Field of Science


Lost and Found

Back in December, I reported that NASA had lost a solar sail in space. Good news: they found it again!

The solar sail started out tightly bundled inside a tiny satellite called NanoSail-D. Actually, NanoSail-D is a "nanosatellite," and it was launched inside a "microsatellite" called FASTSAT. At the beginning of December, like a parade of nesting dolls (or iPod iterations), the microsatellite was supposed to eject the nanosatellite, which was then supposed to eject and unfurl its cargo: a 100-square-meter reflective sail.

But when NanoSail-D failed to report back to scientists, they reluctantly admitted that something had gone wrong. Maybe the sail had tangled or the satellite had lost power. Whatever it was, they wouldn't be able to gather any data about the solar sail. This enticing technology, which might someday carry spacecraft through the sky, gathers its power from the sea of photons sent out by the sun.

On January 21, NASA announced that the missing satellite, and its sail, had turned up. After dawdling inside its parent satellite for weeks, NanoSail-D popped free on January 17, then opened its sail as planned. Now it's in orbit around Earth, where it will remain for 70 to 120 days before burning up in the atmosphere. You can track its orbit here and wave hello when it passes overhead. (Naturally, the satellite also has a Twitter feed.)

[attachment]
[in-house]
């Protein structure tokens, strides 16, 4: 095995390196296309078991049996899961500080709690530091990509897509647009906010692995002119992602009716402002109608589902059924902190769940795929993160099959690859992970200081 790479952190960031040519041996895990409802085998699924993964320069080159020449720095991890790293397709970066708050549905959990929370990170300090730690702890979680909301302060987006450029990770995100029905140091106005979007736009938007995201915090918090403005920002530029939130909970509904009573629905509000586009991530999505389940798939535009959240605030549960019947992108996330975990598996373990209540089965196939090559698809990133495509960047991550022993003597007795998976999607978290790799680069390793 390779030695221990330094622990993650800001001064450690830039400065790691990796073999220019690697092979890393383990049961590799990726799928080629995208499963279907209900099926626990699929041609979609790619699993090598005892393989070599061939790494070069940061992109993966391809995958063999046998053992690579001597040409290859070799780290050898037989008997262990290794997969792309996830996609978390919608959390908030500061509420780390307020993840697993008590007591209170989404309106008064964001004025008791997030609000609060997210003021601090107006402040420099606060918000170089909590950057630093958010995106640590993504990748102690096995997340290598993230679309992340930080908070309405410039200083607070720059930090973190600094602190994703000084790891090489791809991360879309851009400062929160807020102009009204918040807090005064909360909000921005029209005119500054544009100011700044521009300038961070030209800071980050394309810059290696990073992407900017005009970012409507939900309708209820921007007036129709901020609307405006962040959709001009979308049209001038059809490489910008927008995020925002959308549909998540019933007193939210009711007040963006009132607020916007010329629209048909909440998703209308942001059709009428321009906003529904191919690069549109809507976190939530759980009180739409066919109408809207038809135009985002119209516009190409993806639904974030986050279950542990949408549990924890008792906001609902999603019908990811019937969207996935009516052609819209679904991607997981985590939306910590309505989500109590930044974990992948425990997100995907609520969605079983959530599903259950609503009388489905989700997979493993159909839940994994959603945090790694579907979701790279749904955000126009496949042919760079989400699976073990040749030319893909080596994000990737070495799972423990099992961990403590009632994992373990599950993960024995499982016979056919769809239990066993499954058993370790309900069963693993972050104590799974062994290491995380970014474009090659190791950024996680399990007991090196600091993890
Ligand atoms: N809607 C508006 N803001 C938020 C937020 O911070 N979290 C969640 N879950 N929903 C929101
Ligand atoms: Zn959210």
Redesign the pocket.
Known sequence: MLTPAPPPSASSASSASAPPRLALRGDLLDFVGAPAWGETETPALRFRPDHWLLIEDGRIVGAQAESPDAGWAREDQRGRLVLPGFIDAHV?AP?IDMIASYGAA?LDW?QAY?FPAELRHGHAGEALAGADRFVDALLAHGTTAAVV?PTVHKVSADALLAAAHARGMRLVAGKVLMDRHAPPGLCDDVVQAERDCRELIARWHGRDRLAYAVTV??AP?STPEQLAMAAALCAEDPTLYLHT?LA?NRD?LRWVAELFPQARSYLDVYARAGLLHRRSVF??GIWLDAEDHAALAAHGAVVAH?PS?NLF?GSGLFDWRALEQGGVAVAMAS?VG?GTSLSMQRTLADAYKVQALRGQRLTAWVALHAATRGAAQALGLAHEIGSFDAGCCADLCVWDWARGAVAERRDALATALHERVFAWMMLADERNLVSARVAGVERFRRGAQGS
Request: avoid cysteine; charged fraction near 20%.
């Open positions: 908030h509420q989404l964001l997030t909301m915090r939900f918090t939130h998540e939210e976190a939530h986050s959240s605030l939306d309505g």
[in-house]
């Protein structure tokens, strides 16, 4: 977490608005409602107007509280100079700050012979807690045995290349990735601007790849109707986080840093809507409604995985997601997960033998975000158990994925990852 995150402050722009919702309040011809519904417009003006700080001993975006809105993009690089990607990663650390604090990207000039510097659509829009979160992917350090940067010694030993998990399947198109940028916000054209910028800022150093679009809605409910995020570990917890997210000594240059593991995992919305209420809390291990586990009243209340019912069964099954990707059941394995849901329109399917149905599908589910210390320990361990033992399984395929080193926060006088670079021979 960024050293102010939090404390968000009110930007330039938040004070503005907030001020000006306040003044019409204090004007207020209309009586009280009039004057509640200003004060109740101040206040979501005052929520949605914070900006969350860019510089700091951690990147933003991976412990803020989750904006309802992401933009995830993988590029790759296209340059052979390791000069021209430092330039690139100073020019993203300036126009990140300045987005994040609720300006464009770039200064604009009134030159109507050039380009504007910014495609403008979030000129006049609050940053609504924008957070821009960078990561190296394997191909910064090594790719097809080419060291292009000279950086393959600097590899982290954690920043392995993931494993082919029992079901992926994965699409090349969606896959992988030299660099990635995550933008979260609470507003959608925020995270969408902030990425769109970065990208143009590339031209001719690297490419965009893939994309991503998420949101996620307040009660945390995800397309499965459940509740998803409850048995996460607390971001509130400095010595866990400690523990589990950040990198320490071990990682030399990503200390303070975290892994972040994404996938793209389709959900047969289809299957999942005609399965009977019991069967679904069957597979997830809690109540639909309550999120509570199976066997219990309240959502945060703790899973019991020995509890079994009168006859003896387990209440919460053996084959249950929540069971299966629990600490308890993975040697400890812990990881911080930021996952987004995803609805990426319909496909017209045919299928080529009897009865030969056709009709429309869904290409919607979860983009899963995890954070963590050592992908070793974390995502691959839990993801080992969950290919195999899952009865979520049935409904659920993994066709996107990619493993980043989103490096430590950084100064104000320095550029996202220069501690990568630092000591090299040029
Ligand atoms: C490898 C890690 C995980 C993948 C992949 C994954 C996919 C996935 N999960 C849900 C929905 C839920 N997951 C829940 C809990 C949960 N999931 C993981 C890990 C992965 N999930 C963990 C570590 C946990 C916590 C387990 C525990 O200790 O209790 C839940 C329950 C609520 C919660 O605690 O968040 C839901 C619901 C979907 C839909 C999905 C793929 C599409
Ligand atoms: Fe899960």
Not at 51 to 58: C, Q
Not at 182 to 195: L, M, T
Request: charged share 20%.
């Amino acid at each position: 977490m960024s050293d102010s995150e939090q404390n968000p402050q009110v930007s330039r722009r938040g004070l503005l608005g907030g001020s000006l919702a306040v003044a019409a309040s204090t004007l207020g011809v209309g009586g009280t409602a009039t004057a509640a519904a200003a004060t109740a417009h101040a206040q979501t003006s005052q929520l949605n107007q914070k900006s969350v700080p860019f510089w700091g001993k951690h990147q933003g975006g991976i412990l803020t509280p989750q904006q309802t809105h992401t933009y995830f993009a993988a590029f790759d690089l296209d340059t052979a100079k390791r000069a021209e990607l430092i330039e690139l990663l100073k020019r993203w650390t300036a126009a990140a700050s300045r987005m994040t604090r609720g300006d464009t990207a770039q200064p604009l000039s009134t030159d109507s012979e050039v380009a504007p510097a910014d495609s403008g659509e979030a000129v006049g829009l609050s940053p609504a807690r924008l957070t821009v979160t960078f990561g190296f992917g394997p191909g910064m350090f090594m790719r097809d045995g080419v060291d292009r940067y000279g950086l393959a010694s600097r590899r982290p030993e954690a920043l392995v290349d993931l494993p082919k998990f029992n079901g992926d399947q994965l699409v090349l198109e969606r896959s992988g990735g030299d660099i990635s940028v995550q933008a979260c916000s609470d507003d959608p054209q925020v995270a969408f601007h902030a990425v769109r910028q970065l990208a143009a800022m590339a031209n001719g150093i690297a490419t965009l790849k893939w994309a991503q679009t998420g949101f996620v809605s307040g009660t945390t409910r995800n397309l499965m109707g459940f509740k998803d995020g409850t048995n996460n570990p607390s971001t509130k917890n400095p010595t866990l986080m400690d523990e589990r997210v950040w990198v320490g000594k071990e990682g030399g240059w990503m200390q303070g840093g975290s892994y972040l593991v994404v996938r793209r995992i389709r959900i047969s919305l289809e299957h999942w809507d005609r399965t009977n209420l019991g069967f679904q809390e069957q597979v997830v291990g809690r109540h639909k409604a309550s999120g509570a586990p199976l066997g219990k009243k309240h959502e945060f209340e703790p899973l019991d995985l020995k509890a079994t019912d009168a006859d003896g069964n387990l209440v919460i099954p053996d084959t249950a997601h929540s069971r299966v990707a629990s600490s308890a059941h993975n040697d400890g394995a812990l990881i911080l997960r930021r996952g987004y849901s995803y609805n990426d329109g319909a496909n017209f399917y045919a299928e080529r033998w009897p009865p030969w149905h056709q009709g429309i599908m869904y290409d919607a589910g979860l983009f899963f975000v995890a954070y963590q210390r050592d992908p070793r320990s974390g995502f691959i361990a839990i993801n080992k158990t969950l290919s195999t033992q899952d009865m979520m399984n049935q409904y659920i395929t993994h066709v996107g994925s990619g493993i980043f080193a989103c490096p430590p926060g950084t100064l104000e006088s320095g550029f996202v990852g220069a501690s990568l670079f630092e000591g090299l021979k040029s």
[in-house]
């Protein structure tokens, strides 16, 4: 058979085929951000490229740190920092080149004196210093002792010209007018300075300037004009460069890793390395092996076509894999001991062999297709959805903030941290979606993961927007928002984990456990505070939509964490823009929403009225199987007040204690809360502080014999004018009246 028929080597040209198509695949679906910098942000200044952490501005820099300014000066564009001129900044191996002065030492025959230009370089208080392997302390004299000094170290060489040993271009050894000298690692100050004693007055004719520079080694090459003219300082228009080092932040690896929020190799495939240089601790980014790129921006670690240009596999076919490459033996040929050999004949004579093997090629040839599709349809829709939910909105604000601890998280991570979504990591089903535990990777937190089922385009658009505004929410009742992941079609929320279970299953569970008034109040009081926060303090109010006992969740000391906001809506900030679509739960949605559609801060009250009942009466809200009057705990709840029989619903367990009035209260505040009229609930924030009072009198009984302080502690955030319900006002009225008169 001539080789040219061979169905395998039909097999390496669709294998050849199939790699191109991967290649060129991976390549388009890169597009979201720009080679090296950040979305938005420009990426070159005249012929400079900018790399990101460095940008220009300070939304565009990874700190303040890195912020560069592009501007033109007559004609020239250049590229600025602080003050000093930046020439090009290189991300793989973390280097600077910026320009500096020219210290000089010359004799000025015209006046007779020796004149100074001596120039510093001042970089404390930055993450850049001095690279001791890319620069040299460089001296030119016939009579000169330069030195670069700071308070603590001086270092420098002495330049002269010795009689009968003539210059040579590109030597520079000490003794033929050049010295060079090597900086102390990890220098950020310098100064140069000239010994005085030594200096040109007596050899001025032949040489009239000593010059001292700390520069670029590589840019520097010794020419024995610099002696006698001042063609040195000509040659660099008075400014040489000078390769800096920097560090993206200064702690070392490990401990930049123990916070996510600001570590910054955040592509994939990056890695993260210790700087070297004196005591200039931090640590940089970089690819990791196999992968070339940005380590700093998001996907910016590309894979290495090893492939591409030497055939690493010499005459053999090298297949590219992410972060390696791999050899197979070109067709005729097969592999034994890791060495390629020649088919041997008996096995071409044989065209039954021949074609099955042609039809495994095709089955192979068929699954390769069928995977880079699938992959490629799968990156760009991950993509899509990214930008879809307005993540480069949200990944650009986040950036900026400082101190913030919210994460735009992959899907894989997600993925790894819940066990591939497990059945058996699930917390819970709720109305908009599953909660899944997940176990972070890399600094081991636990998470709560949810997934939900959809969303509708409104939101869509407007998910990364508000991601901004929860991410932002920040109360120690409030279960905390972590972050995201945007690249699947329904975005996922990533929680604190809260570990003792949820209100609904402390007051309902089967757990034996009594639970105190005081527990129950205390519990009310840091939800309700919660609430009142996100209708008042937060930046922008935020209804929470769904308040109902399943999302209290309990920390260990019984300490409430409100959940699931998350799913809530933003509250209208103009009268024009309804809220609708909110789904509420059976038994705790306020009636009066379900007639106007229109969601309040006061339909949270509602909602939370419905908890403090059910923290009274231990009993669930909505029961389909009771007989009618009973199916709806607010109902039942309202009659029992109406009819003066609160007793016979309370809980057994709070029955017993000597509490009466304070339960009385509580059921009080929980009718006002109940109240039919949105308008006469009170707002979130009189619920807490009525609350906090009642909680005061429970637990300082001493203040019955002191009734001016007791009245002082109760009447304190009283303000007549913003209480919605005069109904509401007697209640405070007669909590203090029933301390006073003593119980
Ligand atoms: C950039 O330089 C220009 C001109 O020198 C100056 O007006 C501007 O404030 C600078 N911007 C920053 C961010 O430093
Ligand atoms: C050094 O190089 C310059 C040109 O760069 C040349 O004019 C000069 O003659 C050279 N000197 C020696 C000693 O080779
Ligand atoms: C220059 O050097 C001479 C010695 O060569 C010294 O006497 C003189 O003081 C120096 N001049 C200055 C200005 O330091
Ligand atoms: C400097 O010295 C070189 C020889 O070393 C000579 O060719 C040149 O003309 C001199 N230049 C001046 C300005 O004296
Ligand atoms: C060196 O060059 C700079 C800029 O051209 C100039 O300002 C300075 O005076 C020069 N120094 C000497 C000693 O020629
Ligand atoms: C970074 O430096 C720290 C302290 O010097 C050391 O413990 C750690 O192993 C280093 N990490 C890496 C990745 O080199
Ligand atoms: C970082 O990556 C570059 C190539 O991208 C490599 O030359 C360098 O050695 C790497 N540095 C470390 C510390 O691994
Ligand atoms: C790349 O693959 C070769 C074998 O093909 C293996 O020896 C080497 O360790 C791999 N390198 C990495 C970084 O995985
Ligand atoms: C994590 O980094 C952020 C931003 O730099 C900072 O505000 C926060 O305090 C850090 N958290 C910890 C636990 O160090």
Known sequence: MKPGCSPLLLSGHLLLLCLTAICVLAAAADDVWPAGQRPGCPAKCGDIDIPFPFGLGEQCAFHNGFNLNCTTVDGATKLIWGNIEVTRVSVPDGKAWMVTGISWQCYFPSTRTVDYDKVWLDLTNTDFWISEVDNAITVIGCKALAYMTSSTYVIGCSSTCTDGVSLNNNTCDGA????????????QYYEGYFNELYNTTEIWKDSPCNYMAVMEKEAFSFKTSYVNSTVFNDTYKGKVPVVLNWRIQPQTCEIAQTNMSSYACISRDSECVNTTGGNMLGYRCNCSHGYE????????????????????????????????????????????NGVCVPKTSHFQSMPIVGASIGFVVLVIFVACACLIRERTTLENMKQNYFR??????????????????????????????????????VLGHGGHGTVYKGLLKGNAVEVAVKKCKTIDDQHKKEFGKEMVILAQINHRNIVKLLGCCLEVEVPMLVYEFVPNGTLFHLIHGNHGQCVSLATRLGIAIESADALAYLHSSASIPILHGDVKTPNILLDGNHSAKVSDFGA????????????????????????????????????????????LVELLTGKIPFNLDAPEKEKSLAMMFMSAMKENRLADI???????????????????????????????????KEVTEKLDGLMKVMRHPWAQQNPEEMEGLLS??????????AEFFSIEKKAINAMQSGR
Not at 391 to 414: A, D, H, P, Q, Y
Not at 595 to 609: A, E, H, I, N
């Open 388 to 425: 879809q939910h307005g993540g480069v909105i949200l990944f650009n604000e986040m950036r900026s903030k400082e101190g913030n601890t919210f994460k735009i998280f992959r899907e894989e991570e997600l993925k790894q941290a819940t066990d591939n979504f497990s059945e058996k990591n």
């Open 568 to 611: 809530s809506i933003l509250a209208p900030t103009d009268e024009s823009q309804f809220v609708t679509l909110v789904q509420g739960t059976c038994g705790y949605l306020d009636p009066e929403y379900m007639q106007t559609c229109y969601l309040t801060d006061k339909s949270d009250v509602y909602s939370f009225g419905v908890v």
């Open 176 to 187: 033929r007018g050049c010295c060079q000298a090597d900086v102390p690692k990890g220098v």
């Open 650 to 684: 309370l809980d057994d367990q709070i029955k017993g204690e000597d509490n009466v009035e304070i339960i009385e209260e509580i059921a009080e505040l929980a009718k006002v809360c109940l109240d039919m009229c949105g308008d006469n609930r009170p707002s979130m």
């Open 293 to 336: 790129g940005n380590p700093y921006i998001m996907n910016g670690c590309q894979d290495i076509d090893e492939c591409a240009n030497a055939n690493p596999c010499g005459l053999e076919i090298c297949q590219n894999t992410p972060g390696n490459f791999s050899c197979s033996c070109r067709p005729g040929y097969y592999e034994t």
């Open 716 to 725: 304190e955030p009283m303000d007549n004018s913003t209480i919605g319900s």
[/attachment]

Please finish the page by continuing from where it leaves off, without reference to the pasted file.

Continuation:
Science Guy and solar sail researcher Bill Nye congratulated the NanoSail-D team on the good news. But congratulations are also due to the ham radio club members who first heard the satellite beeping away up there.

Image: NASA.

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